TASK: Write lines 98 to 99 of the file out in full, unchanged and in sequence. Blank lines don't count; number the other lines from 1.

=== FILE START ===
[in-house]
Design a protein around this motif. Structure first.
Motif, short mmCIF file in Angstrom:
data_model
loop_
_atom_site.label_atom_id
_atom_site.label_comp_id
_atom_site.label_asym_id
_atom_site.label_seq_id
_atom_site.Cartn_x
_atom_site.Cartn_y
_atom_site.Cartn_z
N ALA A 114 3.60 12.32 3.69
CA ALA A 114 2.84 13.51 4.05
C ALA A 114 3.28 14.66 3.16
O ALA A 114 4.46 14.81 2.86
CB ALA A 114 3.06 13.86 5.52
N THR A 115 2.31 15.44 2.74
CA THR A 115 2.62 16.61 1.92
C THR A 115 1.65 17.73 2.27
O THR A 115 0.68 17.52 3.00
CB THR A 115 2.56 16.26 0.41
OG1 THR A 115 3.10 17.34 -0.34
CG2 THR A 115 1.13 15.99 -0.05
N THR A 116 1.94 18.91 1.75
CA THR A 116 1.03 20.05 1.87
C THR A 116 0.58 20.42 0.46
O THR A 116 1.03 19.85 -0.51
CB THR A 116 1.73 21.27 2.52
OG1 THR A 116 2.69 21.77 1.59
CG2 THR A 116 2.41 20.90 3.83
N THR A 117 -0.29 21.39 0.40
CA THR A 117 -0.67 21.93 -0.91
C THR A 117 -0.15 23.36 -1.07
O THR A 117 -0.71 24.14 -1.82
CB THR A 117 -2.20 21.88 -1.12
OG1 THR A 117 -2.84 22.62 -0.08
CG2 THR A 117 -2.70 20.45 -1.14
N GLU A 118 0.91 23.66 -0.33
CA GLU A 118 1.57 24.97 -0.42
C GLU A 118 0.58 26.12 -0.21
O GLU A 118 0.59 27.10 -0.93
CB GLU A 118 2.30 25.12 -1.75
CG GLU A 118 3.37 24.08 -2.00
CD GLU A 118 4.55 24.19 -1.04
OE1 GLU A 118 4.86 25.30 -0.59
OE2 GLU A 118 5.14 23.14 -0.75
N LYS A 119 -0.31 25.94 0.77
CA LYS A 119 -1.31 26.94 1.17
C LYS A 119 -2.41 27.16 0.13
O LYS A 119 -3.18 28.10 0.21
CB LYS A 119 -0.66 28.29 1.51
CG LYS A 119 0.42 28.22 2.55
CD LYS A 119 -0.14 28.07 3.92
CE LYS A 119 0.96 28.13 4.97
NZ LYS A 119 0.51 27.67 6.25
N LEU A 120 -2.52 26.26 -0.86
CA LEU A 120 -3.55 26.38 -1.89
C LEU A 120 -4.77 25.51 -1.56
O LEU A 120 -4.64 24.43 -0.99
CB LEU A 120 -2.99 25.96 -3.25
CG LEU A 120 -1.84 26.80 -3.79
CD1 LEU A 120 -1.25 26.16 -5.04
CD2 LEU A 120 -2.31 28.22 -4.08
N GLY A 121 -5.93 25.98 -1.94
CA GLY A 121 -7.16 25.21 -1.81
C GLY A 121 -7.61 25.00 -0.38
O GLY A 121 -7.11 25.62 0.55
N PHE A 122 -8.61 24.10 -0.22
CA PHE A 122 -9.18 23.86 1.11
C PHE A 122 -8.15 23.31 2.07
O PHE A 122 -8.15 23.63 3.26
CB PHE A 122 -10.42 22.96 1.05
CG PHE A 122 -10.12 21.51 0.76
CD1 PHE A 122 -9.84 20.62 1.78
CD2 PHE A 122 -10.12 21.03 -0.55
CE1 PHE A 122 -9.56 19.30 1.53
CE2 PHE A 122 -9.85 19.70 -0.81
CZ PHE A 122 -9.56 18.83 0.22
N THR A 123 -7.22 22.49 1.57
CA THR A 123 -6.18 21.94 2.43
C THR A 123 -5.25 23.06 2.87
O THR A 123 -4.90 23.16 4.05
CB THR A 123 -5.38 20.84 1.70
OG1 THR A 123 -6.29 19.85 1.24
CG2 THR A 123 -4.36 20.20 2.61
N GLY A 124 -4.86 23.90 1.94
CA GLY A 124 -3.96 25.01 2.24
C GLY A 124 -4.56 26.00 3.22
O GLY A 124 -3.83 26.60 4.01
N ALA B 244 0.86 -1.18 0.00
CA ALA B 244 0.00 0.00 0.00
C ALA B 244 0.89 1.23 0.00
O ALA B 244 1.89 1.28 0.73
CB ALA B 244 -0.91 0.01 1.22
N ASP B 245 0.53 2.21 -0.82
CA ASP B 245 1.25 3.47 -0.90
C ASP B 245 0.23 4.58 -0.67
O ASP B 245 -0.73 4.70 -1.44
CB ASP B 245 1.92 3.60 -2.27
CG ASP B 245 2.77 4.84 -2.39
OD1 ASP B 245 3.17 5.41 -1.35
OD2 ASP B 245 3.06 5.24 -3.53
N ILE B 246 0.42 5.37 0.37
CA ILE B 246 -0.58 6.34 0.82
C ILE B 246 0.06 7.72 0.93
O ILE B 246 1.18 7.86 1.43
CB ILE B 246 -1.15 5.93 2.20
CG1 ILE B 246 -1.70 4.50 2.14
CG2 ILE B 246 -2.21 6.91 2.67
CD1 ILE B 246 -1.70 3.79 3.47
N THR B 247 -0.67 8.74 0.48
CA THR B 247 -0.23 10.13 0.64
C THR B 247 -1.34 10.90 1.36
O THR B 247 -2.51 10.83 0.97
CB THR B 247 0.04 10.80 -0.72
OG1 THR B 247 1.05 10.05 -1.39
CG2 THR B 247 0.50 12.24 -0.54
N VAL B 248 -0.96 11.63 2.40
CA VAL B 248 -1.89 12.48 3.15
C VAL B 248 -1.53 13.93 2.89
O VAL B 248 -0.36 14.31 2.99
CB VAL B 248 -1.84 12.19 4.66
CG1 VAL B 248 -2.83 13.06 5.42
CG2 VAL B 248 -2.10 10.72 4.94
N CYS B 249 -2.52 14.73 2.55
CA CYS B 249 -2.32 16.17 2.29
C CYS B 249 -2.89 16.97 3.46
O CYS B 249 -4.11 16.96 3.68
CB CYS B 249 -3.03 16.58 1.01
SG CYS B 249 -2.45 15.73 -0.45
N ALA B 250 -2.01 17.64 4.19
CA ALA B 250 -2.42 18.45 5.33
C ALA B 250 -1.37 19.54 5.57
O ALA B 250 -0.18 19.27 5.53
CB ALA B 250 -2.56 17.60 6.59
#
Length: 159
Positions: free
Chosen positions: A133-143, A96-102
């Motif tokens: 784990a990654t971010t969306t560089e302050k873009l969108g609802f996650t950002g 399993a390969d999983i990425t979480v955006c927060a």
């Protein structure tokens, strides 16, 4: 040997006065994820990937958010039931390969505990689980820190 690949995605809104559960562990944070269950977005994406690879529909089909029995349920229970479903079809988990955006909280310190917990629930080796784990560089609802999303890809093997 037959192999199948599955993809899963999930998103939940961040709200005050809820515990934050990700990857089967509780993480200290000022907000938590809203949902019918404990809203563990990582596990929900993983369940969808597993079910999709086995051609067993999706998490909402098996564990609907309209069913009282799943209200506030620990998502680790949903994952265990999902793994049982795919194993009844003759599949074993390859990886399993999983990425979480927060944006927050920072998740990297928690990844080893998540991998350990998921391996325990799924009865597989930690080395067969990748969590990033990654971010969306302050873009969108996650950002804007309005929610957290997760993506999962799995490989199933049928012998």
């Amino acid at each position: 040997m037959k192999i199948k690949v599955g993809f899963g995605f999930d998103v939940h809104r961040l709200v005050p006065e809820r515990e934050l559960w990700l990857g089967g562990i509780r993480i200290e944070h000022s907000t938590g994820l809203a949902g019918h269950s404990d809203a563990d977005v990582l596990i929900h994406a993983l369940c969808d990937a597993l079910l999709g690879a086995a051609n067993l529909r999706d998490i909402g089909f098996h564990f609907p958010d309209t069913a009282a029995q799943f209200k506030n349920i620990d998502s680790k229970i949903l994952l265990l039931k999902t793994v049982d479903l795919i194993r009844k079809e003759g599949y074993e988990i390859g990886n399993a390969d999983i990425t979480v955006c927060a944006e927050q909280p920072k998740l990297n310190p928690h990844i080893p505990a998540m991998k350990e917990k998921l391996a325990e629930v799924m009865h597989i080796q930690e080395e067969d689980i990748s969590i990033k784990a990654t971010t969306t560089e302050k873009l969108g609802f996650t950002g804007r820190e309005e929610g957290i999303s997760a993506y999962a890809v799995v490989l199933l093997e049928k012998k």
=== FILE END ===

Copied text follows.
C ASP B 245 0.23 4.58 -0.67
O ASP B 245 -0.73 4.70 -1.44